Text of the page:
Two recent appellate court cases both discussed the constructive possession of a weapon and both reached different conclusions.
In People v. Spencer, 2012 IL App (1st) 102094 (Feb 2, 2012), the defendant was convicted of unlawful use of a weapon in that defendant unlawfully possessed a handgun.
The police executed a search warrant of defendant and of a home. When the police entered the home they claimed to have seen the defendant run toward the back of the house and he was arrested in the backyard. Upon searching the house the police found some ammunition, cash, and cannabis and several items that indicated that defendant was living in the home. After being read his Miranda rights defendant made a statement that “if you had my kind of money, you’d have a gun, too.” The police then searched the kitchen and found a revolver on top of a kitchen cabinet.
Defendant called several witnesses some of which testified that defendant did not live in that home.
The court found defendant guilty. Defendant appealed.
In order to prove constructive possession the state must prove (1) that the defendant had knowledge of the presence of the firearm and ammunition and (2) that he exercised immediate and exclusive control over the area where the firearm and ammunition were found. Control, the court went on to explain, is established when a person has the intent and ability to maintain control over an item even if he lacks personal present control. The persons control over the area where a weapon is found gives rise to an inference the he possessed the weapon and the trier of fact can rely on reasonable inferences.
The appellate court stated that running from the house would support a reasonable inference that defendant had knowledge of the presence of the gun and ammunition. This of course makes no sense at all. The defendant could have fled from the house for a number of reasons totally unrelated to his knowledge of the gun. He could have fled because of the cannabis, or because he simply did not want to be arrested. But to presume that he was aware of every item of contraband inside the home simply because if fled challenges commonsense.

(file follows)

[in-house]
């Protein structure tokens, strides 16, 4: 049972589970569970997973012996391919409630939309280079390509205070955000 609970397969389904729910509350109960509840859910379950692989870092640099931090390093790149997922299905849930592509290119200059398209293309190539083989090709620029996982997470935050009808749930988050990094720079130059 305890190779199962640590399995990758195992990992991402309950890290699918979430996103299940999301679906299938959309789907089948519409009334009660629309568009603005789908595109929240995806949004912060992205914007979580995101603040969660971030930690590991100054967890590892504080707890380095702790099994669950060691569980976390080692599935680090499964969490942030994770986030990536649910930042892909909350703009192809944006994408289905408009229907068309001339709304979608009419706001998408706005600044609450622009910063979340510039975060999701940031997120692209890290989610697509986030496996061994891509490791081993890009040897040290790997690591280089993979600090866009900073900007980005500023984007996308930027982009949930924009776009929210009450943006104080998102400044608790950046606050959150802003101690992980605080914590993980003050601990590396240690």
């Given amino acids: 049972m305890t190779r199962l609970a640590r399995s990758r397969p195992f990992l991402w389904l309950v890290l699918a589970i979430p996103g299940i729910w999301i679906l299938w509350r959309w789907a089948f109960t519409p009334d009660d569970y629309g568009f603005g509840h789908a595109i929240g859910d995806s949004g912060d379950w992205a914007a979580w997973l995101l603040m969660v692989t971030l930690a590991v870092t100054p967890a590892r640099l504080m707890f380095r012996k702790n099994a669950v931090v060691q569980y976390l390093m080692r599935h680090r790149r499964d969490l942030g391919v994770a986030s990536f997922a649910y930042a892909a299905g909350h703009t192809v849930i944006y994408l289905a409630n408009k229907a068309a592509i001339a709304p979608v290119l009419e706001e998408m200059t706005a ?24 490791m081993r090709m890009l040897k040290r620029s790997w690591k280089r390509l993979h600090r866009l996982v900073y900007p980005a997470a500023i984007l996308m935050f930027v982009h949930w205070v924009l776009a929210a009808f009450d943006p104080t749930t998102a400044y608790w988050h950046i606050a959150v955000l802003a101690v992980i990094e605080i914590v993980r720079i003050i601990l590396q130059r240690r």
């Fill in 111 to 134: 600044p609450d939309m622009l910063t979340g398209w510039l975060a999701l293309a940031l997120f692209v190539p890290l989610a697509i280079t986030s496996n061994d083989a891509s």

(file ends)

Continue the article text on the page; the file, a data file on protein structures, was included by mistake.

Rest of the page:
The appellate court of the 2nd District reached the opposite conclusion, and what I believe to be the correct one, in People v. McIntyre, 2011 IL App (2d) 100889 (Dec 14, 2011). In this case the defendant was in a car with his codefendant Garcia when the defendant drove Garcia to a home where he believed Garcia was going to fight a man. Instead, Garcia pulled out a gun and started firing.
Here the appellate court stated that to find defendant guilty of possession of the firearm the state must prove that defendant knowingly possessed the gun. The state claimed the defendant constructively possessed the gun. To prove that the defendant possessed the gun, the state must prove that defendant (1) had knowledge of the gun and (2) had immediate and exclusive control over the area where the weapon was found. Here the court found that even though the defendant was aware of the gun, from at least the time it was fired, the state failed to prove the defendant has immediate and exclusive control over it. Here the court correctly reasoned that a person’s knowledge of the location of an item is not equivalent to possession, nor is proximity, nor is the status of the defendant as the owner or driver of the vehicle place him in possession of everything in it. Even where there is joint possession, the evidence must support that the defendant had the ability to exercise control over the contraband.
Here the court found that defendant did not have the ability to exercise control over the contraband.